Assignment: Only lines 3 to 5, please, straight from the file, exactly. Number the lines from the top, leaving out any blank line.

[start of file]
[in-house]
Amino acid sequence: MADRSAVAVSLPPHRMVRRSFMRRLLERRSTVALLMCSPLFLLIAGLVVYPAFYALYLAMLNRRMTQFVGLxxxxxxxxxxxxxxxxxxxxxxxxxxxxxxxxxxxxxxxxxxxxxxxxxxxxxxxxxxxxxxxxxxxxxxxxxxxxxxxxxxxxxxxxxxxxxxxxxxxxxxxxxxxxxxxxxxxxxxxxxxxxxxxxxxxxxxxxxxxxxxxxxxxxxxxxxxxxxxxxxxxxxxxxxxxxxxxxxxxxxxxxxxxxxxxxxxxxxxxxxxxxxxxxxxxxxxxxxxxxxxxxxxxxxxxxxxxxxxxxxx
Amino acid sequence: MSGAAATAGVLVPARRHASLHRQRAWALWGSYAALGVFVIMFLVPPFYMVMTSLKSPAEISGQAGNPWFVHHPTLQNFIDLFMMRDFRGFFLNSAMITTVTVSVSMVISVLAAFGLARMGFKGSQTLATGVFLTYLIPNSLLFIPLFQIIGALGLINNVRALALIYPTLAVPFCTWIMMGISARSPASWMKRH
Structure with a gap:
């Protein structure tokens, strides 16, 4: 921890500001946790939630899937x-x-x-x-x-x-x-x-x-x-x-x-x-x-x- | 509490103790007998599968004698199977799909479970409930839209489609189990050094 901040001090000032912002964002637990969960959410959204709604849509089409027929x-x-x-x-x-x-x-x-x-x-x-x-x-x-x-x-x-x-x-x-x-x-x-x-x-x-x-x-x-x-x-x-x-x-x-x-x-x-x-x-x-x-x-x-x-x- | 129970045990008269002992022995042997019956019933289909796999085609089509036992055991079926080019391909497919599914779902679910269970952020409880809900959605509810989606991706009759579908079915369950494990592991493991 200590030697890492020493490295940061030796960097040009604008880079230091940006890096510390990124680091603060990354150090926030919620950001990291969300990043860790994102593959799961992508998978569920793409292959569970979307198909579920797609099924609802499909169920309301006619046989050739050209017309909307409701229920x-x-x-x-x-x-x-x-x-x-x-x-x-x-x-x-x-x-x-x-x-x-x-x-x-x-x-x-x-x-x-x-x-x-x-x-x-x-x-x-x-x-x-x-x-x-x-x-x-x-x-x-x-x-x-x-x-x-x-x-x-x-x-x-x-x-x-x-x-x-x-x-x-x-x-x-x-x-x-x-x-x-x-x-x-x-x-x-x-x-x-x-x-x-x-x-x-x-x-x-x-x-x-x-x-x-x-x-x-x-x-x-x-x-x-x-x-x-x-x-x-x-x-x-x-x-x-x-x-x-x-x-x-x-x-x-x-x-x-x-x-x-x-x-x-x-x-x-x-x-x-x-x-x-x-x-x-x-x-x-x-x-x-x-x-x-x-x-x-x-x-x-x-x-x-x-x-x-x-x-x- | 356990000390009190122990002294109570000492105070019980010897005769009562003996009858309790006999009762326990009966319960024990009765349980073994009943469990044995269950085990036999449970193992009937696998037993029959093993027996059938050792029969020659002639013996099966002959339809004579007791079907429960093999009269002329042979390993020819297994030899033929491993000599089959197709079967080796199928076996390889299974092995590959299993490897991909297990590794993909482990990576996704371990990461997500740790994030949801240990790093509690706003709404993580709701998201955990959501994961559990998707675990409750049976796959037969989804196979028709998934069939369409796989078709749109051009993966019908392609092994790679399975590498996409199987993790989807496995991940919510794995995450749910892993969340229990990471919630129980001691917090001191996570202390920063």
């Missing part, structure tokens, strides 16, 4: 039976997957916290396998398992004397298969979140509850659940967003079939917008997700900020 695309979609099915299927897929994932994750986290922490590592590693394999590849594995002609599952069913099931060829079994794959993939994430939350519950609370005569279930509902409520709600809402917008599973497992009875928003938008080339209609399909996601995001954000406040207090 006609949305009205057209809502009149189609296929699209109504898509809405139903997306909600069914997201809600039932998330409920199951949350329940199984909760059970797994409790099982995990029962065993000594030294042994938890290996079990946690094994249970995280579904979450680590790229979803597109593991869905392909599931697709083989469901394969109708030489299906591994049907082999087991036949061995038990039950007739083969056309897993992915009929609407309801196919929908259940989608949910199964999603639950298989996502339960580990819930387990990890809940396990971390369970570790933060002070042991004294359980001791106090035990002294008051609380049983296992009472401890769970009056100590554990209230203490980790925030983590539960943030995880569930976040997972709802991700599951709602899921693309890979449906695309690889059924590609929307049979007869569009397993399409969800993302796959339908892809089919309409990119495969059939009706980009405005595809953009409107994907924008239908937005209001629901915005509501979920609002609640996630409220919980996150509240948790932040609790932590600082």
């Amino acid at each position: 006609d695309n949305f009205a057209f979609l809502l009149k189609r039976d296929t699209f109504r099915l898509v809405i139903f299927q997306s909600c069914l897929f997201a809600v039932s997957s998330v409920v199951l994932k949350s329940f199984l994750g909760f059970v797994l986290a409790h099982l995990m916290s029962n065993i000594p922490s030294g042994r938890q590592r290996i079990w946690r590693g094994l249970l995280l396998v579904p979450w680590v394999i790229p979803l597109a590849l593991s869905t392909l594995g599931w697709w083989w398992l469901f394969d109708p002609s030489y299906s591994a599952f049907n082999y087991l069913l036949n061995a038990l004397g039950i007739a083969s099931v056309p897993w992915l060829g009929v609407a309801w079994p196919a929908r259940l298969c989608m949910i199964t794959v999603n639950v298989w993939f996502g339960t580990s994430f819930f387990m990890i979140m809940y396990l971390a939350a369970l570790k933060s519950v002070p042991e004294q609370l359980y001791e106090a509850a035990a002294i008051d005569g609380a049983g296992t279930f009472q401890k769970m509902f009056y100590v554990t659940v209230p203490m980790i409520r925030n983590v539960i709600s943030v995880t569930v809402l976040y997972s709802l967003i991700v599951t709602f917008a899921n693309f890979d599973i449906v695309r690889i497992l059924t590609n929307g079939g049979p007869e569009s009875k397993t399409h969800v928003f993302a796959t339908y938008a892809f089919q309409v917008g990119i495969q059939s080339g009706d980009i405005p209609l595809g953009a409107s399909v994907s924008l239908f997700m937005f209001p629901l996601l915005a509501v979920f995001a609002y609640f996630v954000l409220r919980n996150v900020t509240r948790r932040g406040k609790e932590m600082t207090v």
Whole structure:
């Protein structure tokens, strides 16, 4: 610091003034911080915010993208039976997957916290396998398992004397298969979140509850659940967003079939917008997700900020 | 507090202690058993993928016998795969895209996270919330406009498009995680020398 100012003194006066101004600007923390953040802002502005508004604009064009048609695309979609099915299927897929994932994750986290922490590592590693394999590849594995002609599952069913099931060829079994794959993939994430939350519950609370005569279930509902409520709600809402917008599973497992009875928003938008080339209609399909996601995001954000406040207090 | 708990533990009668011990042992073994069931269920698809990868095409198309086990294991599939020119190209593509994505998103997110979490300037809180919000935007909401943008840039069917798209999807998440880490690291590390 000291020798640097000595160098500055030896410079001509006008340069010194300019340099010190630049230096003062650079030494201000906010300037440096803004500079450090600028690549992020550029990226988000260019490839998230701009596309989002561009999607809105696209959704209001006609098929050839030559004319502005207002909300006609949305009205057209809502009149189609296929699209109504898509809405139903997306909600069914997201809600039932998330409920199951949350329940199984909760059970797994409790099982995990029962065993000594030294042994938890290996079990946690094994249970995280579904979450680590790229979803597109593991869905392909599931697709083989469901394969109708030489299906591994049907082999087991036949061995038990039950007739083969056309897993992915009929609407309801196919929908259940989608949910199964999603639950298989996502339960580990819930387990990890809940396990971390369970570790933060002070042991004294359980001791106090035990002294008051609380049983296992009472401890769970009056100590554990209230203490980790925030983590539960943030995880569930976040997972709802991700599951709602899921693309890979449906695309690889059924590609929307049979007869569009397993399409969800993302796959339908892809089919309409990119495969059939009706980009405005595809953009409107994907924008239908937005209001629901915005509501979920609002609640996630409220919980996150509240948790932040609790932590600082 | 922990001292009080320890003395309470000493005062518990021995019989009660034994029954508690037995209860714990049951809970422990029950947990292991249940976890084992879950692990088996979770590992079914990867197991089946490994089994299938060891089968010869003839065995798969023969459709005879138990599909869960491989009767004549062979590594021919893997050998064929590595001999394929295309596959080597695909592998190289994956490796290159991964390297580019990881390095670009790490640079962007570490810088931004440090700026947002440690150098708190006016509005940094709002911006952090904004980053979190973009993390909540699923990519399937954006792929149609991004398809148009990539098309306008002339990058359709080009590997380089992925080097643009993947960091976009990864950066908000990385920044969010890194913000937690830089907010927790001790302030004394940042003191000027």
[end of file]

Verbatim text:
Amino acid sequence: MSGAAATAGVLVPARRHASLHRQRAWALWGSYAALGVFVIMFLVPPFYMVMTSLKSPAEISGQAGNPWFVHHPTLQNFIDLFMMRDFRGFFLNSAMITTVTVSVSMVISVLAAFGLARMGFKGSQTLATGVFLTYLIPNSLLFIPLFQIIGALGLINNVRALALIYPTLAVPFCTWIMMGISARSPASWMKRH
Structure with a gap:
């Protein structure tokens, strides 16, 4: 921890500001946790939630899937x-x-x-x-x-x-x-x-x-x-x-x-x-x-x- | 509490103790007998599968004698199977799909479970409930839209489609189990050094 901040001090000032912002964002637990969960959410959204709604849509089409027929x-x-x-x-x-x-x-x-x-x-x-x-x-x-x-x-x-x-x-x-x-x-x-x-x-x-x-x-x-x-x-x-x-x-x-x-x-x-x-x-x-x-x-x-x-x- | 129970045990008269002992022995042997019956019933289909796999085609089509036992055991079926080019391909497919599914779902679910269970952020409880809900959605509810989606991706009759579908079915369950494990592991493991 200590030697890492020493490295940061030796960097040009604008880079230091940006890096510390990124680091603060990354150090926030919620950001990291969300990043860790994102593959799961992508998978569920793409292959569970979307198909579920797609099924609802499909169920309301006619046989050739050209017309909307409701229920x-x-x-x-x-x-x-x-x-x-x-x-x-x-x-x-x-x-x-x-x-x-x-x-x-x-x-x-x-x-x-x-x-x-x-x-x-x-x-x-x-x-x-x-x-x-x-x-x-x-x-x-x-x-x-x-x-x-x-x-x-x-x-x-x-x-x-x-x-x-x-x-x-x-x-x-x-x-x-x-x-x-x-x-x-x-x-x-x-x-x-x-x-x-x-x-x-x-x-x-x-x-x-x-x-x-x-x-x-x-x-x-x-x-x-x-x-x-x-x-x-x-x-x-x-x-x-x-x-x-x-x-x-x-x-x-x-x-x-x-x-x-x-x-x-x-x-x-x-x-x-x-x-x-x-x-x-x-x-x-x-x-x-x-x-x-x-x-x-x-x-x-x-x-x-x-x-x-x-x-x- | 356990000390009190122990002294109570000492105070019980010897005769009562003996009858309790006999009762326990009966319960024990009765349980073994009943469990044995269950085990036999449970193992009937696998037993029959093993027996059938050792029969020659002639013996099966002959339809004579007791079907429960093999009269002329042979390993020819297994030899033929491993000599089959197709079967080796199928076996390889299974092995590959299993490897991909297990590794993909482990990576996704371990990461997500740790994030949801240990790093509690706003709404993580709701998201955990959501994961559990998707675990409750049976796959037969989804196979028709998934069939369409796989078709749109051009993966019908392609092994790679399975590498996409199987993790989807496995991940919510794995995450749910892993969340229990990471919630129980001691917090001191996570202390920063």